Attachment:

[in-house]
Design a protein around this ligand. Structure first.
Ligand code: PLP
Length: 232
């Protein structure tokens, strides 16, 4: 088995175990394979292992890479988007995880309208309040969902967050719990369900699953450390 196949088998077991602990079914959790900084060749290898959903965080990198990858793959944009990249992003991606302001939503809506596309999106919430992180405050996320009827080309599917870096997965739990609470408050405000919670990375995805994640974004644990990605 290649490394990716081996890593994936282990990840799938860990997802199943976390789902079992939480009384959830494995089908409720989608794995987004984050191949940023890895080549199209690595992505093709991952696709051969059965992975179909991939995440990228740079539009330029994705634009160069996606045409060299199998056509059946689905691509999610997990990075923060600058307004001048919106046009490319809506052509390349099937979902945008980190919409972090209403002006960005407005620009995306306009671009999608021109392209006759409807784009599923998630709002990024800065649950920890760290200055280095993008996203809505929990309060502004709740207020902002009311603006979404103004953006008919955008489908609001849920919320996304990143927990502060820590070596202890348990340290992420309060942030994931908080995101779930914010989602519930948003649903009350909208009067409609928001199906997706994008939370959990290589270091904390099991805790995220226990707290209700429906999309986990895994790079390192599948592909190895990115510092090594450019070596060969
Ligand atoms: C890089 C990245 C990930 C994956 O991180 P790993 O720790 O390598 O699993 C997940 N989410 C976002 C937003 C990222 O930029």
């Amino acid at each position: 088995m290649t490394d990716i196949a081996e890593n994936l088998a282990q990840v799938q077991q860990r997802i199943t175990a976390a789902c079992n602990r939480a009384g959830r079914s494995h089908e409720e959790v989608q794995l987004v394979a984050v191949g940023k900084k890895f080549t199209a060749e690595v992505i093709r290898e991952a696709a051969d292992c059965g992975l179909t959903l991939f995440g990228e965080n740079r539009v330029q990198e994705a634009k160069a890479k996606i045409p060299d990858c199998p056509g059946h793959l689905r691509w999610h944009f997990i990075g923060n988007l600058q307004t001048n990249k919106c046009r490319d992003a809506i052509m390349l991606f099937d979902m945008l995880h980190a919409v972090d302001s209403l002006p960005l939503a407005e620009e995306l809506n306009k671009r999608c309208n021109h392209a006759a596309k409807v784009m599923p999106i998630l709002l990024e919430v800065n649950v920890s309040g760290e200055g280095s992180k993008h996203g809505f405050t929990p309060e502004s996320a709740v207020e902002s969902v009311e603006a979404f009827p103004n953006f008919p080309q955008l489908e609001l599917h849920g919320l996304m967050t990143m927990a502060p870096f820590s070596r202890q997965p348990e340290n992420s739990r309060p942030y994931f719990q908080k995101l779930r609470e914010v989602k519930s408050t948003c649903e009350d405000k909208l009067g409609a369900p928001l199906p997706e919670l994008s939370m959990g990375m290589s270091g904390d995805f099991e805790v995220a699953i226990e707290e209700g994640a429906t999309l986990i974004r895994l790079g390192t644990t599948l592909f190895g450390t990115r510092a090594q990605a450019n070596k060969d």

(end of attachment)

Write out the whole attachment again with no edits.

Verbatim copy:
[in-house]
Design a protein around this ligand. Structure first.
Ligand code: PLP
Length: 232
């Protein structure tokens, strides 16, 4: 088995175990394979292992890479988007995880309208309040969902967050719990369900699953450390 196949088998077991602990079914959790900084060749290898959903965080990198990858793959944009990249992003991606302001939503809506596309999106919430992180405050996320009827080309599917870096997965739990609470408050405000919670990375995805994640974004644990990605 290649490394990716081996890593994936282990990840799938860990997802199943976390789902079992939480009384959830494995089908409720989608794995987004984050191949940023890895080549199209690595992505093709991952696709051969059965992975179909991939995440990228740079539009330029994705634009160069996606045409060299199998056509059946689905691509999610997990990075923060600058307004001048919106046009490319809506052509390349099937979902945008980190919409972090209403002006960005407005620009995306306009671009999608021109392209006759409807784009599923998630709002990024800065649950920890760290200055280095993008996203809505929990309060502004709740207020902002009311603006979404103004953006008919955008489908609001849920919320996304990143927990502060820590070596202890348990340290992420309060942030994931908080995101779930914010989602519930948003649903009350909208009067409609928001199906997706994008939370959990290589270091904390099991805790995220226990707290209700429906999309986990895994790079390192599948592909190895990115510092090594450019070596060969
Ligand atoms: C890089 C990245 C990930 C994956 O991180 P790993 O720790 O390598 O699993 C997940 N989410 C976002 C937003 C990222 O930029």
């Amino acid at each position: 088995m290649t490394d990716i196949a081996e890593n994936l088998a282990q990840v799938q077991q860990r997802i199943t175990a976390a789902c079992n602990r939480a009384g959830r079914s494995h089908e409720e959790v989608q794995l987004v394979a984050v191949g940023k900084k890895f080549t199209a060749e690595v992505i093709r290898e991952a696709a051969d292992c059965g992975l179909t959903l991939f995440g990228e965080n740079r539009v330029q990198e994705a634009k160069a890479k996606i045409p060299d990858c199998p056509g059946h793959l689905r691509w999610h944009f997990i990075g923060n988007l600058q307004t001048n990249k919106c046009r490319d992003a809506i052509m390349l991606f099937d979902m945008l995880h980190a919409v972090d302001s209403l002006p960005l939503a407005e620009e995306l809506n306009k671009r999608c309208n021109h392209a006759a596309k409807v784009m599923p999106i998630l709002l990024e919430v800065n649950v920890s309040g760290e200055g280095s992180k993008h996203g809505f405050t929990p309060e502004s996320a709740v207020e902002s969902v009311e603006a979404f009827p103004n953006f008919p080309q955008l489908e609001l599917h849920g919320l996304m967050t990143m927990a502060p870096f820590s070596r202890q997965p348990e340290n992420s739990r309060p942030y994931f719990q908080k995101l779930r609470e914010v989602k519930s408050t948003c649903e009350d405000k909208l009067g409609a369900p928001l199906p997706e919670l994008s939370m959990g990375m290589s270091g904390d995805f099991e805790v995220a699953i226990e707290e209700g994640a429906t999309l986990i974004r895994l790079g390192t644990t599948l592909f190895g450390t990115r510092a090594q990605a450019n070596k060969d």